[In today’s world of desktop printing and on-the-fly graphics, many marketers have forgotten the value of the press check. Why create great graphics if they are not produced to their fullest potential?
A good production manager is worth his/her weight in ink. They not only save you time and money, but they can make your printing dollars go much farther and increase the quality of the finished product. They understand color, inks, printing processes, vendor capabilities, paper selection, press sizes, printing techniques such as duo-tones, emboss and deboss, aqueous coatings and much, much more. These are all critical elements in creating the highest possible quality.
Here at Gumas, we are very fortunate to have a staff of highly experienced production professionals. Here are a few things that we look for when we do our press checks that you may want to incorporate if you do your own.
– Check the color. Look for variations between your original expectations and the proofs. We pay particularly close attention to screened areas to make sure they are not lighter or darker than we want. Also, we always ask for densitometer readings of the color bars and check them for slurs.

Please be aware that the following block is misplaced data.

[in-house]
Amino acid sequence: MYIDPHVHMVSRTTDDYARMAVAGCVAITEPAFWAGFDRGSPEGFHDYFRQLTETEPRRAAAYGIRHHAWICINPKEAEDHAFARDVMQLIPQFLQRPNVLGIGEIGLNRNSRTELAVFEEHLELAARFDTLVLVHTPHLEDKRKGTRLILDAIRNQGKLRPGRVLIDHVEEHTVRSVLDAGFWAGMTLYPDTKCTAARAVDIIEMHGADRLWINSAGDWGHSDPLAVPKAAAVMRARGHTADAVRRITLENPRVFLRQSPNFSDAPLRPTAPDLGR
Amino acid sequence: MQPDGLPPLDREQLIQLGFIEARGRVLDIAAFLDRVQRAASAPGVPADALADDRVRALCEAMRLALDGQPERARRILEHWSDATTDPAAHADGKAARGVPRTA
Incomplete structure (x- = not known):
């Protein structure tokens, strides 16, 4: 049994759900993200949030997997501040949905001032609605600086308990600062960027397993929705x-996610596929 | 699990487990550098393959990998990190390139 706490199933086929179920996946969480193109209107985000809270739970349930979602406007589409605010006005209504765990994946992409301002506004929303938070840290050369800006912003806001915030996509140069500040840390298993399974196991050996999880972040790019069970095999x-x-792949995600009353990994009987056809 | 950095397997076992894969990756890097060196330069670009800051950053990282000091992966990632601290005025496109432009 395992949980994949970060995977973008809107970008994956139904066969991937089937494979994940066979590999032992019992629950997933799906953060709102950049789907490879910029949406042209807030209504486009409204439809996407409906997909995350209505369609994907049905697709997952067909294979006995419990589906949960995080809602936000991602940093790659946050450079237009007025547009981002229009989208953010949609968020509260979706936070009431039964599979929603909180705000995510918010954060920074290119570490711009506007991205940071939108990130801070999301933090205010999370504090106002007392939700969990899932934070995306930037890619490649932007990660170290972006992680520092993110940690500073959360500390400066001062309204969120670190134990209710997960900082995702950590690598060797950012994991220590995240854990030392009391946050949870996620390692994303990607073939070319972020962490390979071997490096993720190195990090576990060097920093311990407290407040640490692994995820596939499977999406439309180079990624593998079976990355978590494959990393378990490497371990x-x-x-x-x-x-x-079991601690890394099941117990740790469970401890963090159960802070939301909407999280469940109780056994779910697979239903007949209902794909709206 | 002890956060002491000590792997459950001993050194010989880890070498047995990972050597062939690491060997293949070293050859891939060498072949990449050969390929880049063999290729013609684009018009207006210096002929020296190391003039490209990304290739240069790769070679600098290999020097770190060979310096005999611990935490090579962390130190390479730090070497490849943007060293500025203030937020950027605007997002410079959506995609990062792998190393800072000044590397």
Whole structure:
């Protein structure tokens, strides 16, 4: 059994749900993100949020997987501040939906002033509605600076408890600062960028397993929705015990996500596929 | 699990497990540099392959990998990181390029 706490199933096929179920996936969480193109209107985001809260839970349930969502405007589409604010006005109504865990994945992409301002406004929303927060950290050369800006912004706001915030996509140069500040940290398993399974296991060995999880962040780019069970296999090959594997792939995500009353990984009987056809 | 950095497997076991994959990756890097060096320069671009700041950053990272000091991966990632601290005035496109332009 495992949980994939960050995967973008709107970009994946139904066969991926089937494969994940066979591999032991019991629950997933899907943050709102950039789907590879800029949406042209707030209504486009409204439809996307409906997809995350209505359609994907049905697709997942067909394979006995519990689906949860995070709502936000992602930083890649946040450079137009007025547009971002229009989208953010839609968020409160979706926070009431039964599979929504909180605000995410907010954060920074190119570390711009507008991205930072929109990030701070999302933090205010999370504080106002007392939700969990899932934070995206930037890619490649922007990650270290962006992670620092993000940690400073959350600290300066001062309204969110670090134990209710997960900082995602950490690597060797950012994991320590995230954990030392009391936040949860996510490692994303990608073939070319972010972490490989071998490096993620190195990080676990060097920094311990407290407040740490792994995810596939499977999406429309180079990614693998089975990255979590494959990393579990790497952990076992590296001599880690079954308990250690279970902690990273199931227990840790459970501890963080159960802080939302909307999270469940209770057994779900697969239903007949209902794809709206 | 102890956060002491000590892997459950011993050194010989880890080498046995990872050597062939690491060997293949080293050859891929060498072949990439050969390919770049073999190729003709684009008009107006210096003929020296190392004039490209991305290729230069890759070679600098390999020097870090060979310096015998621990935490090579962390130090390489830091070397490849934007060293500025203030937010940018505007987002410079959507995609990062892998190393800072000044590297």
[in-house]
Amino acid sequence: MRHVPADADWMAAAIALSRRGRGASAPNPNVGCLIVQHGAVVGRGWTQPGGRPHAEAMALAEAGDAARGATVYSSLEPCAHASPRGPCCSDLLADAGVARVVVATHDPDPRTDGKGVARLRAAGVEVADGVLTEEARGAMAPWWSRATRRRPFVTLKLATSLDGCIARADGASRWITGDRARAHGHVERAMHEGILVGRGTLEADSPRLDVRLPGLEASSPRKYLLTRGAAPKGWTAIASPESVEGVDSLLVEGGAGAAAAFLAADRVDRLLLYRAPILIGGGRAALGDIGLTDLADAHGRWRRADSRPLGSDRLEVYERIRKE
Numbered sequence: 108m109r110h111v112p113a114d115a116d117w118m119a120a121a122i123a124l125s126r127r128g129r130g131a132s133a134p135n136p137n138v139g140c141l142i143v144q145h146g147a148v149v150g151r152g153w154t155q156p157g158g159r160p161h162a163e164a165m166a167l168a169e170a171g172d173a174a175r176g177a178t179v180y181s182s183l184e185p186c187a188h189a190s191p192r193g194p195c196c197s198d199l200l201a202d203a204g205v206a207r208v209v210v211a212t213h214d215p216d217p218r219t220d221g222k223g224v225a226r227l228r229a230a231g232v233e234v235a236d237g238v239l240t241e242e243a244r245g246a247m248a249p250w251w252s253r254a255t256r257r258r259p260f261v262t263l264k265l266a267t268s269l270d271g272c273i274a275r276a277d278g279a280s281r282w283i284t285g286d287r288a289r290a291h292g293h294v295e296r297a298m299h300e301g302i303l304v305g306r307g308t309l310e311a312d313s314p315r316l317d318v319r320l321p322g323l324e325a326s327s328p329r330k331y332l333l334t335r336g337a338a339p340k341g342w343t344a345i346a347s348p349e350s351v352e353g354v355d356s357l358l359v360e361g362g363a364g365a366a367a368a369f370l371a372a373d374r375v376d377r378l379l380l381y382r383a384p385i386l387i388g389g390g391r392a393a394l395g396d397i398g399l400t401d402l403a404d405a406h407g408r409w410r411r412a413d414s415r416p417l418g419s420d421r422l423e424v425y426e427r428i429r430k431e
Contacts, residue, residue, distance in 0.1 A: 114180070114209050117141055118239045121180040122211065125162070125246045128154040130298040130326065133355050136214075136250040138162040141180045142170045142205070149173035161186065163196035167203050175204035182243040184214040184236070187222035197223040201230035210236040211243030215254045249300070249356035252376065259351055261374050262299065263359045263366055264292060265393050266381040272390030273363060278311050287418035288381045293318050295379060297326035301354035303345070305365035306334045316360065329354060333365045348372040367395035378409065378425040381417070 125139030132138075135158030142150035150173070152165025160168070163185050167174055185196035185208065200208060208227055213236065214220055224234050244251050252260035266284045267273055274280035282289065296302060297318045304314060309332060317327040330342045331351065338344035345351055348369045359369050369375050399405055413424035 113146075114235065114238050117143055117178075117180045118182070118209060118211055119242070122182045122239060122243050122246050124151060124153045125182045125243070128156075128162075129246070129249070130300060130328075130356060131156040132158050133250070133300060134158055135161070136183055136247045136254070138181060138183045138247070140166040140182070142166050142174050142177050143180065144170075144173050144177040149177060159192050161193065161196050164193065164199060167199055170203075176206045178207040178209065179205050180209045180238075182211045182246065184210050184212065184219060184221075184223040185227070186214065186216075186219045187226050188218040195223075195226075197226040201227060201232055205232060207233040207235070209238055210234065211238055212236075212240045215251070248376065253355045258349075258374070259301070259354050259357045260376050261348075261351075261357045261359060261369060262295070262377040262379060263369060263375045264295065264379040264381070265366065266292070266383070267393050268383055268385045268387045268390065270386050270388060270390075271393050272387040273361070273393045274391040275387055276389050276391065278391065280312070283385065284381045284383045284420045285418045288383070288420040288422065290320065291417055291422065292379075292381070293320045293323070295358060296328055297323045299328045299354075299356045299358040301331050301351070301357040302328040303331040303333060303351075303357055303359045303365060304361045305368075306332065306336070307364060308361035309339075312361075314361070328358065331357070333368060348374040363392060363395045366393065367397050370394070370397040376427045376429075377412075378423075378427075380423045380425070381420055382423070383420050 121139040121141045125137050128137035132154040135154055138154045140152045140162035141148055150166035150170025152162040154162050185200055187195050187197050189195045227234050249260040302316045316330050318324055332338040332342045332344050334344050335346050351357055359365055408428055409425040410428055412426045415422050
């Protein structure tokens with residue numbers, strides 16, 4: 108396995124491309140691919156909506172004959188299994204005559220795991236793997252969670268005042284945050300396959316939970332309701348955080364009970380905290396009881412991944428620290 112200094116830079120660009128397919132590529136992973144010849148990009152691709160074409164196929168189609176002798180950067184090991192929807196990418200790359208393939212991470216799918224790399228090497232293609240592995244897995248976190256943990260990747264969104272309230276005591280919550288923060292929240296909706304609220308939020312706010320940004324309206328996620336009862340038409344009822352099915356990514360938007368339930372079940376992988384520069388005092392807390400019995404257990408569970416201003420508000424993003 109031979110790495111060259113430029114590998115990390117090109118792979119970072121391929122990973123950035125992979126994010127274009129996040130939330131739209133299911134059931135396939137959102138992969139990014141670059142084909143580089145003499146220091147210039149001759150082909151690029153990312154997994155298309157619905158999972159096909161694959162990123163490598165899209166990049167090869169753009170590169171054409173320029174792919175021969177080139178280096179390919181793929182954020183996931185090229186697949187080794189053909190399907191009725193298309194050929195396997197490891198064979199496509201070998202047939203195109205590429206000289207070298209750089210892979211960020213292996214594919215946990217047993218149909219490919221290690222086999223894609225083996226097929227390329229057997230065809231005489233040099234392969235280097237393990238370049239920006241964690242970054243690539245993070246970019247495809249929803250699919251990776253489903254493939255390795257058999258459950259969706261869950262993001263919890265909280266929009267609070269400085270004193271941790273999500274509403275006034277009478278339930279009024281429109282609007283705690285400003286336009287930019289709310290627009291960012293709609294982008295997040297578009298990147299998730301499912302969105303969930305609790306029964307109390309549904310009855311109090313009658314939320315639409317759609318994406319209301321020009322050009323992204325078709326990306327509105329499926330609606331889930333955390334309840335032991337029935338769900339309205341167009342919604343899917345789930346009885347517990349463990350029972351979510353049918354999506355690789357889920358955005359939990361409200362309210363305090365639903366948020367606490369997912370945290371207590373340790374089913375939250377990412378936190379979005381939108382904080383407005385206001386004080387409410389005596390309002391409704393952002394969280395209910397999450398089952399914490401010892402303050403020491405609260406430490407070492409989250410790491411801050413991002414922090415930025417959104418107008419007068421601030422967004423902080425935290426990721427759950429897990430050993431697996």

– Check the text layout. Look closely to see if the text wraps correctly from line to line. Look for any fonts that may have changed or shifted. In today’s digital layout world, it’s not uncommon for files to get changed from the original file to printer’s proof and to the actual plate, especially if it has been sent electronically.
– Check to see if the photos are properly placed and cropped.
– On multiple page projects, ask to see a paper “dummy” and the folded, backed-up proof. This will allow you to check the page sequence and final assembly. Check for creep and folding, especially crossovers. We always make sure to trim and fold our proofs, just to make sure the layout is correct.
– For digital projects, be sure to request that your proof be printed on the actual stock whenever possible. Always get an ink draw down, especially if you are printing on a stock that is color or off-color. This gives you a real idea of what the final piece will look and feel like.
– Check the ink for consistency, especially where large solids are present, and ghosting and streaks on back-up.
There are obviously many more signs to look for. We feel that these are the most basic and common and should be a critical part of any press check.
Image and brand is critical to your company’s success. And a press check is a great way to make sure your printed materials project your company’s best image.
Until next month…